Christine Garrard, August 4, 2016 | 1 min read

Stepping into the Role of a Student

It has been some time since I have been a student. Since my college graduation in Spring 2012, I have been teaching high school science and, despite being around students 10 months out of the year, I have (apparently) forgotten what it is like to be one. In a word, the experience has been very humbling.

I came into the Code Immersion program with some rudimentary knowledge; as a college freshman (8 years ago), I learned how to navigate through terminal, use UNIX, and create an elementary HTML website (sans CSS). Barring dating a system admin for a few years, I never once had any other exposure to computer science until this past winter when I led Hour of Code with my students. I thought to myself, This is great! They love it! I want to learn more to teach them more!

… But is designed for children, and this Code Immersion program is not. This course is challenging, rigorous, and pushes me to become an independent learner. Every step of the way, I have to make sure that I am focused and attentive, otherwise I risk missing a crucial component to our lesson. I schedule time every day to sit down and do my homework, and I realize the delicate balance I need to have in order to be a successful student and attend to my other responsibilities. Talking to my fellow classmates is a necessity, and putting my pride aside to ask questions when I don’t understand has been difficult, but rewarding. This has been a total shift in thinking for me, which I am thankful for. I have a newfound appreciation for my students and the process of learning.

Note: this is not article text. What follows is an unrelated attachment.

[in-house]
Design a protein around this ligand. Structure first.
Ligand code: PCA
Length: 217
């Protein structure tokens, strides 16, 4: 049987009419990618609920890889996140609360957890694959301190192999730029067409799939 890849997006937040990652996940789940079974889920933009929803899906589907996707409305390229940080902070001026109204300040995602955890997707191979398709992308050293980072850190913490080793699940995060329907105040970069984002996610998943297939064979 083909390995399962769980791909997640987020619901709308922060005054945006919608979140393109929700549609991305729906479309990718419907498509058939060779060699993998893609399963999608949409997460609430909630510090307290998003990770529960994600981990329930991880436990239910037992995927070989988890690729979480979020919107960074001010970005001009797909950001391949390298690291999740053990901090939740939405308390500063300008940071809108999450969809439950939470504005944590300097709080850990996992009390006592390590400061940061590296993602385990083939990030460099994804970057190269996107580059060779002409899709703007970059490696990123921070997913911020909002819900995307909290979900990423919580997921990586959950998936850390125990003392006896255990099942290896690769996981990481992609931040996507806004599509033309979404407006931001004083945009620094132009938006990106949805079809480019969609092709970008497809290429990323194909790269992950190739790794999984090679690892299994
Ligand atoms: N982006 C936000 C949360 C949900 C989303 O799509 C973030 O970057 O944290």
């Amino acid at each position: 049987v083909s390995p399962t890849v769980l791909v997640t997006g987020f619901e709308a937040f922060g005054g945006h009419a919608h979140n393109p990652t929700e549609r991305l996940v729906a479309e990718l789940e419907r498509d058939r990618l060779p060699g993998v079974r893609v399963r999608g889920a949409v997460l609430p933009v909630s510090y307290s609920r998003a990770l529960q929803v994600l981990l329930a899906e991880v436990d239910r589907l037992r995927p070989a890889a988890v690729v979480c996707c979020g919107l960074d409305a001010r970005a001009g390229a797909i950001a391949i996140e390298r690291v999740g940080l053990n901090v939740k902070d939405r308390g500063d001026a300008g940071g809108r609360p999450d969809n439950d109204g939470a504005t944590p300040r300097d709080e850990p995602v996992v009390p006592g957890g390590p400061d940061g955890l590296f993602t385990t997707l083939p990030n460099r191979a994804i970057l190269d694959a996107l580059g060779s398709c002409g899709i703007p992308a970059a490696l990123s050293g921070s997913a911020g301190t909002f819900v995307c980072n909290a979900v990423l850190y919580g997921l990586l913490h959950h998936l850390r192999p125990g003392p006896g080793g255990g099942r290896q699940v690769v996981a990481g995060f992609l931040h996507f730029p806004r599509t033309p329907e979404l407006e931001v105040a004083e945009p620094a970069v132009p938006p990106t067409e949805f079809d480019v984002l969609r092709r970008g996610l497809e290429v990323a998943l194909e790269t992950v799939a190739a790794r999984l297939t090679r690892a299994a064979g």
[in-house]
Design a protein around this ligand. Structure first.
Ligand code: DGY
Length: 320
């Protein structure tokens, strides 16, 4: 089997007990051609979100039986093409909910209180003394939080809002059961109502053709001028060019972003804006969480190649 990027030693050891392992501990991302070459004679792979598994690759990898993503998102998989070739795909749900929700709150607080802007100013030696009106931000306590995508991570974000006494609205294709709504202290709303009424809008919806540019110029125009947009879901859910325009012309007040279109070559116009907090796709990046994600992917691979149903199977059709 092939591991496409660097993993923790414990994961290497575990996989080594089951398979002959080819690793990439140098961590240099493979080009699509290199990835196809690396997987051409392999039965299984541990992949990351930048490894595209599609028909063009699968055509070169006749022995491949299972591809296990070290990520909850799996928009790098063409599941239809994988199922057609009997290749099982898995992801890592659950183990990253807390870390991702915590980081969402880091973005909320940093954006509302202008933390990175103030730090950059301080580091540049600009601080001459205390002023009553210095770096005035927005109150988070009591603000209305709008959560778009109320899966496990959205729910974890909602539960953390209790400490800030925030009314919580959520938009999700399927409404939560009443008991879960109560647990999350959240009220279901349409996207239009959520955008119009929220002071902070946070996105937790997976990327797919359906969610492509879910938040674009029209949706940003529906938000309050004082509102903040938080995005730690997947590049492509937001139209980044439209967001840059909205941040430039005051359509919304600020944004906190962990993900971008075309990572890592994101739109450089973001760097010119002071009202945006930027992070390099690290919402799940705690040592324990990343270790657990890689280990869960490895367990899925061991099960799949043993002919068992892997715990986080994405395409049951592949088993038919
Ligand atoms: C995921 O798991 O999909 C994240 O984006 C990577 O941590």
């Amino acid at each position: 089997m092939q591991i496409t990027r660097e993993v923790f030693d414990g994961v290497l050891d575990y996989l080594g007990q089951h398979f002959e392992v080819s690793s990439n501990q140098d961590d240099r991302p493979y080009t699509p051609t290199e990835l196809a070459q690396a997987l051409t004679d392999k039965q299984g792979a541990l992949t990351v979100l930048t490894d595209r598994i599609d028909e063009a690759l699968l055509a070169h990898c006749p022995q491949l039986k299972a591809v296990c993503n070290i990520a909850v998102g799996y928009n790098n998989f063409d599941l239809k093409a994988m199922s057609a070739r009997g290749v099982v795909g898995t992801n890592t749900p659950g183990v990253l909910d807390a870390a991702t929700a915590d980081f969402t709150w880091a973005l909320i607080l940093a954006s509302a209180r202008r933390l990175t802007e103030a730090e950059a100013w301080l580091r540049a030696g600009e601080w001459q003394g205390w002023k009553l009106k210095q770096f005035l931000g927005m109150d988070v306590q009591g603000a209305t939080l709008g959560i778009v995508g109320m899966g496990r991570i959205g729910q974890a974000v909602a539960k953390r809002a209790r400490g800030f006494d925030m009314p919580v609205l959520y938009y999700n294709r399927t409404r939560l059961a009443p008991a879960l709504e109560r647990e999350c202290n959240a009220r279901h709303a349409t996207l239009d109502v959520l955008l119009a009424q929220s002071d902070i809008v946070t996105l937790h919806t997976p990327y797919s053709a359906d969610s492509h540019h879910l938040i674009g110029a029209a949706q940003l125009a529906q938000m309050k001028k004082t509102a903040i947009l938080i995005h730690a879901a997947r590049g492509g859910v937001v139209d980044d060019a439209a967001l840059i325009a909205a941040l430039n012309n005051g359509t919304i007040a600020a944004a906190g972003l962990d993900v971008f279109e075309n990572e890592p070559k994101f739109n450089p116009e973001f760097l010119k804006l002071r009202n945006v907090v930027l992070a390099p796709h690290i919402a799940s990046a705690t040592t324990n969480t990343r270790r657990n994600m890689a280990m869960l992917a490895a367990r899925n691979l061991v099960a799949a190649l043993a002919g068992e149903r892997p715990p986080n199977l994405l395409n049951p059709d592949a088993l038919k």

Looking back at the first half of this course, I realize that I have learned so much. I know about HTML, CSS, Bootstrap, Ruby, Git Hub, and Rails. I am able to make a website that can keep track of music AND make it look beautiful. I can articulate how the front-end communicates with the back end. I have even learned to love and embrace error messages.

And, perhaps most importantly, I have learned how to be a student again: hardworking, curious, and hungry for more. I can’t wait to see what the second half of this course has in store for me.